The #1 advice that I can give to people who want to get into urban farming is to take it slow. Too many people try to take everything on at once. In less than a year they’ve got the giant garden, 40 chickens, 5 goats, 12 ducks, 4 bee hives, 6 breeding rabbits, and 4 pigs. OK, I’m exaggerating, but not by much. It’s new and exciting and you want to do it all. I get it! I totally understand! But don’t do it all. At least not right away. Start small until you’re comfortable with it and then expand. But expand slowly.
I try to remind people that it’s taken Tom and I over 7 years of serious commitment to get where we are now. When you’re first learning to garden it can be overwhelming. Like many other activities it takes a lot more time to do when you’re just learning how. There are so many things to learn and pay attention to. Failure is going to happen and you can’t let it get you down. You have to pull yourself up and learn from the failures. It took me YEARS to finally grow a respectable pumpkin. I kept at it and can now grow pumpkins like this:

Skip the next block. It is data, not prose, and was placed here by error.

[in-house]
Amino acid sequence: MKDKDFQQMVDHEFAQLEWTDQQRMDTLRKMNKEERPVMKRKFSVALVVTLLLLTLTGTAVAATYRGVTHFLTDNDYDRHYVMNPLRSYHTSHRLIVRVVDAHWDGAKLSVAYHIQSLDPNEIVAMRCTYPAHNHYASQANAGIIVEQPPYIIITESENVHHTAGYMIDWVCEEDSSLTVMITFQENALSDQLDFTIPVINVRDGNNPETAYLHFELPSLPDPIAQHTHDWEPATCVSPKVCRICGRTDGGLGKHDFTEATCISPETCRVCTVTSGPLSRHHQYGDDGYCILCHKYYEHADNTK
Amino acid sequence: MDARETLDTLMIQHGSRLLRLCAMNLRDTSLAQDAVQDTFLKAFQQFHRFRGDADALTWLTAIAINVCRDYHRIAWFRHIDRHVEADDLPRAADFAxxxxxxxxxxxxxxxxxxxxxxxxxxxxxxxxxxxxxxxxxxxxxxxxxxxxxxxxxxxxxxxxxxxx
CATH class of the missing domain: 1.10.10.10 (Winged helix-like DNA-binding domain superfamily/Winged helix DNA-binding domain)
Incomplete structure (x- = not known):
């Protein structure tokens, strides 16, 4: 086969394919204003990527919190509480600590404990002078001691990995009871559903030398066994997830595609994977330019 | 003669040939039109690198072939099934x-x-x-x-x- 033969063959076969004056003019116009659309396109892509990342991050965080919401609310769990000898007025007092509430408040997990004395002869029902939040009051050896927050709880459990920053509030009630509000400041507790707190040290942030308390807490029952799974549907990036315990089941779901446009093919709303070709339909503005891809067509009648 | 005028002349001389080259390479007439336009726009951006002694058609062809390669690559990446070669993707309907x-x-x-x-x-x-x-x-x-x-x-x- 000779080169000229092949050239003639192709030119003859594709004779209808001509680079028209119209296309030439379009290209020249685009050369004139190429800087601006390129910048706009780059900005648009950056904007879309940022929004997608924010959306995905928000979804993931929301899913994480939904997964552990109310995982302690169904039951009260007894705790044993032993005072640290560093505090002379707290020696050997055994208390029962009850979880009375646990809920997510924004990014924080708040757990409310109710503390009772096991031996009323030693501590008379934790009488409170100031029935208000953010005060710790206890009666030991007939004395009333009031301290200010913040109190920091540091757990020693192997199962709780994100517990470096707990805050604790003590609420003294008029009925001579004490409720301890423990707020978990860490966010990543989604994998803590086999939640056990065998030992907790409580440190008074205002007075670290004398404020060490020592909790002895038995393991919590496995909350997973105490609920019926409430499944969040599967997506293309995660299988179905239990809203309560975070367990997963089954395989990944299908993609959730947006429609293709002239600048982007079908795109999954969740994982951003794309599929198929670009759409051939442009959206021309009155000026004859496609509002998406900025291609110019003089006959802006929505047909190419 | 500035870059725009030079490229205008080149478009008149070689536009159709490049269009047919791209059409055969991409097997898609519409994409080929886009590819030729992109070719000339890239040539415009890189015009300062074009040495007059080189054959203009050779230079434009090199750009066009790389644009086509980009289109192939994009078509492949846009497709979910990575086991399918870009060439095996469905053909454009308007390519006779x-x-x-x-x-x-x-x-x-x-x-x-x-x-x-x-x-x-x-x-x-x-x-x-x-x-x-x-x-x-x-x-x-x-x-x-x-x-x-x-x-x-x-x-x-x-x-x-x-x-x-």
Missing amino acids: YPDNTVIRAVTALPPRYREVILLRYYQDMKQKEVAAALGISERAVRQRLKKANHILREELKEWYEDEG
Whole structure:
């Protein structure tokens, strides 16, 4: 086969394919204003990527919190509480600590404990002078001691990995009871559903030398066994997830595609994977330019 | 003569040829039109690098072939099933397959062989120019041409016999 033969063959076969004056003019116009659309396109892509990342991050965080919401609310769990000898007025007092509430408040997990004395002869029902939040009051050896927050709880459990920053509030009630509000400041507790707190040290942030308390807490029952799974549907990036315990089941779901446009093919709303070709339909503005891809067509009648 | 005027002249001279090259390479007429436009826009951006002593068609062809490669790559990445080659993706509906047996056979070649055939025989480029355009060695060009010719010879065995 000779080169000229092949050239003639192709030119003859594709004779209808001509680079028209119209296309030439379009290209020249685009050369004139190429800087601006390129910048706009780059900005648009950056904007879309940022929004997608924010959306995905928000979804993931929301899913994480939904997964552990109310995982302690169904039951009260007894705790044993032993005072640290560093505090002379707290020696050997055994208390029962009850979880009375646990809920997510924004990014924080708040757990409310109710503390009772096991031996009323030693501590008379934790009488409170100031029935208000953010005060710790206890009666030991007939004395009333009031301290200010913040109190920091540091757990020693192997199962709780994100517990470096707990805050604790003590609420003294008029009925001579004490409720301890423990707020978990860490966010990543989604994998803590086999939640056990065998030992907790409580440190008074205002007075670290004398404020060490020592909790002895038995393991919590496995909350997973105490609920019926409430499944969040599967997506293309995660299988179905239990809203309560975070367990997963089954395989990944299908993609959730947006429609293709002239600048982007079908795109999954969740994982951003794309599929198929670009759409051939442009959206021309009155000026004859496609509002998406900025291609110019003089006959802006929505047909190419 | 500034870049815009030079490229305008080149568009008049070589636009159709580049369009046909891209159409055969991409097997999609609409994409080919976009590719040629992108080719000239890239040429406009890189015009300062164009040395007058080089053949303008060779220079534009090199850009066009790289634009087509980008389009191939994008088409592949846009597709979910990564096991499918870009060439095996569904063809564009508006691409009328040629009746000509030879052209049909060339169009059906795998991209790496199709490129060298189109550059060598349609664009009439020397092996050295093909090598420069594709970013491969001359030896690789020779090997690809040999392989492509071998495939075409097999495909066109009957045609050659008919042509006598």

Nowadays we don’t spend much time gardening at all. In the spring we spend a few weekends prepping and planting and then in the summer we begin harvesting. We have automatic irrigation to take care of the watering and with wide beds weeding isn’t crucial once the plants get to a decent size. When we were comfortable with the time we were spending in the garden we got three hens.
Over the course of 4 years we’ve slowly added more animals and more gardening beds. We didn’t want to end up overwhelmed, which is easy to do especially when you have a chicken addiction like I do. We’re now at place where we’re comfortable and won’t be expanding much more. The only addition we are planning is to keep one of Sedona’s doelings so she’s no longer the third wheel around here. Other than that, we’re at a happy medium.
When introducing livestock it’s really important – I can’t emphasis this enough – to take it slow. Before taking on any livestock make sure to do your research and definitely make sure whether that animal is even legal to keep in your community. Take classes and meet others that are raising that species. Ask questions, lots of questions, and take the advice given to you. Figure out where you can get feed and supplies for them and where the closest vet is that will see that animal. Take on one species at a time and get into a good routine with them before taking on something new. Start with easier animals like chickens or rabbits. Evaluate how much work they require and whether you have the time to take on more. And, of course, be honest with yourself. If you’re already super busy with everything in your life are you really willing to commit the time that’s needed for more animals? Even if you really, Really, REALLY want goats but you barely have time to yourself they probably aren’t the right animal for you.
Taking it slow will ensure that you and your animals are happy and productive.